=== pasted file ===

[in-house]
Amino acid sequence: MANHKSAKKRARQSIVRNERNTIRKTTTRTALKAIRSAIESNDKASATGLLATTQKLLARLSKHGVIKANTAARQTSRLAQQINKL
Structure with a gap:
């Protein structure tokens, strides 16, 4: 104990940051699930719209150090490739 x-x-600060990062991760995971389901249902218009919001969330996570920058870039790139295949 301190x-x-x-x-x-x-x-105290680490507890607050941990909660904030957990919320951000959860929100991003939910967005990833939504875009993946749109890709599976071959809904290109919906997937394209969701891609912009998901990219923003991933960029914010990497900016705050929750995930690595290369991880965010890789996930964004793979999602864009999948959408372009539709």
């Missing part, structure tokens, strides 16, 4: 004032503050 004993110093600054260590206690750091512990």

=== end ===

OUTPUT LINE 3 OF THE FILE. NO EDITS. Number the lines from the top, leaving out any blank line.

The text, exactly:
Structure with a gap: